Avoidance: No, unless it is pervasive & affects your social & interpersonal & daily functioning. ...Read more
I am experiencing impulsive or reckless behavior, socially withdrawn, impaired social skills, compulsive behavior, emotional problems and personality changes.
Recommend assessment: You have described a lot of symptoms that could potentially affect your life and/or that could get worse if not addressed. There are ways to manage those symptoms, but it is important to be assessed by a mental health professional (psychologist or psychiatrist) who can help you to figure out what is causing those symptoms and how to best address them. ...Read more
Are you asking if : Impulsivity, a symptom of adhd responds to non-stimulant medications, like atomoxetine or long-acting guanfacine? Each child's response is different, but there's ~ 65% chance these will work. Stimulants (methylphenidate & amphetamine) work 80-90% of the time for symptoms of both inattention & hyperactivity/impulsivity. Long-acting Guanfacine can be given with a stimulant, also. ...Read moreSee 1 more doctor answer
Is passive aggressive behavior associated with any psychiatric disorders? Also, is such behavior associated with any long term health risks?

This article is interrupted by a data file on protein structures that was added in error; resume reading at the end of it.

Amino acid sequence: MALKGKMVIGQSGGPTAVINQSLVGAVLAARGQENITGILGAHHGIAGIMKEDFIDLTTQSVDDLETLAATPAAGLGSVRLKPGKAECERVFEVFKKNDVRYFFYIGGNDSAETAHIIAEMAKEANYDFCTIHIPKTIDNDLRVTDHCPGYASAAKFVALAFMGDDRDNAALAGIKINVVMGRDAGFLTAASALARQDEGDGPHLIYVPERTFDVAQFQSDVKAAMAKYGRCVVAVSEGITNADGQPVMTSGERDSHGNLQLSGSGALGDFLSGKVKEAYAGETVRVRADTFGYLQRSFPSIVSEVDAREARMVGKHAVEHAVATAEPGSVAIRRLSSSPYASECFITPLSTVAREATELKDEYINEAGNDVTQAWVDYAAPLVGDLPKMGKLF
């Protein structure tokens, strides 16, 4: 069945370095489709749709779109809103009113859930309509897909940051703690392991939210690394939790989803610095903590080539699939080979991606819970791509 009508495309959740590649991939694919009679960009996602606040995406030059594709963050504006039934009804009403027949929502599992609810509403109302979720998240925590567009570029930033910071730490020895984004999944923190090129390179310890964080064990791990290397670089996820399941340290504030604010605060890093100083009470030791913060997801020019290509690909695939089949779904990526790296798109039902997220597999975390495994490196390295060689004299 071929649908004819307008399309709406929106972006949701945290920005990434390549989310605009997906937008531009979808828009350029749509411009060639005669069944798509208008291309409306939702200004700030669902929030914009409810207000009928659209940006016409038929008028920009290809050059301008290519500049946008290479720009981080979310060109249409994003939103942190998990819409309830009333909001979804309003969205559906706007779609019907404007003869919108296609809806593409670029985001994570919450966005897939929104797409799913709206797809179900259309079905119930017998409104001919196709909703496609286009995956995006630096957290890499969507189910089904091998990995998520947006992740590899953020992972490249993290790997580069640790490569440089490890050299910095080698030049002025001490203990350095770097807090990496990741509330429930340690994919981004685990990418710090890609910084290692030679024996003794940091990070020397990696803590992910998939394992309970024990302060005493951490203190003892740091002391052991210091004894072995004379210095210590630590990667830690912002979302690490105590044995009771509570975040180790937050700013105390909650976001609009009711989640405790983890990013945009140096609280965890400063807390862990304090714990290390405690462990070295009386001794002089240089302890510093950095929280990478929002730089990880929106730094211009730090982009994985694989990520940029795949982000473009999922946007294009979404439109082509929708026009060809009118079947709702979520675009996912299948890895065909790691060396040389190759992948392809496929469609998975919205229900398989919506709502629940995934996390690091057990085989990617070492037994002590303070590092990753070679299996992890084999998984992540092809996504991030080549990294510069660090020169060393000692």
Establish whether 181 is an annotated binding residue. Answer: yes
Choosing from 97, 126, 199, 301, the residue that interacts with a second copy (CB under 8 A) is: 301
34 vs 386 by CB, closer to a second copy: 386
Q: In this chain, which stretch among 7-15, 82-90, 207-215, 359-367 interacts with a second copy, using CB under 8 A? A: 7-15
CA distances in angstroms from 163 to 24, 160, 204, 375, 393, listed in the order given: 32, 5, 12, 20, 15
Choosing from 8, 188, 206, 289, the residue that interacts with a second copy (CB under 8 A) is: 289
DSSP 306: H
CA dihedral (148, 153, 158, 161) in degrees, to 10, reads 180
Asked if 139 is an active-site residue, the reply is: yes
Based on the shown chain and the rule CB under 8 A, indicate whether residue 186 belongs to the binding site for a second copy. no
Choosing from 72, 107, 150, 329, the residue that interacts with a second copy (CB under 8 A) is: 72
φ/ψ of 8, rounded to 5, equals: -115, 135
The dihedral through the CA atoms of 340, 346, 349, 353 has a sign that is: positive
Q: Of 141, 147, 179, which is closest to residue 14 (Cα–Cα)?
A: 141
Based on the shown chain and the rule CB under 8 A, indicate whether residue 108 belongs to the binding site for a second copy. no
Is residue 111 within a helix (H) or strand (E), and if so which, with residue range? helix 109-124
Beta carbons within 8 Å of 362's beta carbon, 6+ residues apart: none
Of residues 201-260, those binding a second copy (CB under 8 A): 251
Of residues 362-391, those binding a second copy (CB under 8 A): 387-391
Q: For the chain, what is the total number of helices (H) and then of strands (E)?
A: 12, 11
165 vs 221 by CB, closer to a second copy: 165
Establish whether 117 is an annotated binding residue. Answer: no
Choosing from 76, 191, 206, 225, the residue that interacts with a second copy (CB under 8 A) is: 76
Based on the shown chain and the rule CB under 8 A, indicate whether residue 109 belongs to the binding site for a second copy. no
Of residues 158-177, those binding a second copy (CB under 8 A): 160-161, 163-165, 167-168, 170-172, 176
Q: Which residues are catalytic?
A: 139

Good question: In dsm-iv it was personality disorder unless part of maj depression or dysthymia. Millon divides it into 4 types. Vacillating, discontented, circuitous ; abrasive when part of other troubled personalities. It is a style, not a disease. Long-term health risks would seem to be difficulty utilizing medical care well in addition to poor relationships with most other people. ...Read moreSee 1 more doctor answer
No: There's no "masochistic personality disorder", but self-defeating personality disorder was in the dsm iii (it's not in dsm iv). It describes people exhibiting a pervasive pattern of self-defeating behavior occurring not only in response to abuse. They feel unworthy of being treated well and, as a result, treat themselves poorly and unwittingly encourage others to make them suffer. ...Read more
REM behavior: In rem behavior patients act out their dreams. During the rem stage of sleep normal individuals are able to turn off all spinal motor activity. In rem behavior patients loose that ability so they move while dreaming. Seizures are due to an abnormal electrical discharges of the brain. Changes in behavior seen at post ictal state after a seizure may be mistaken for a patient showing rem behavior. ...Read more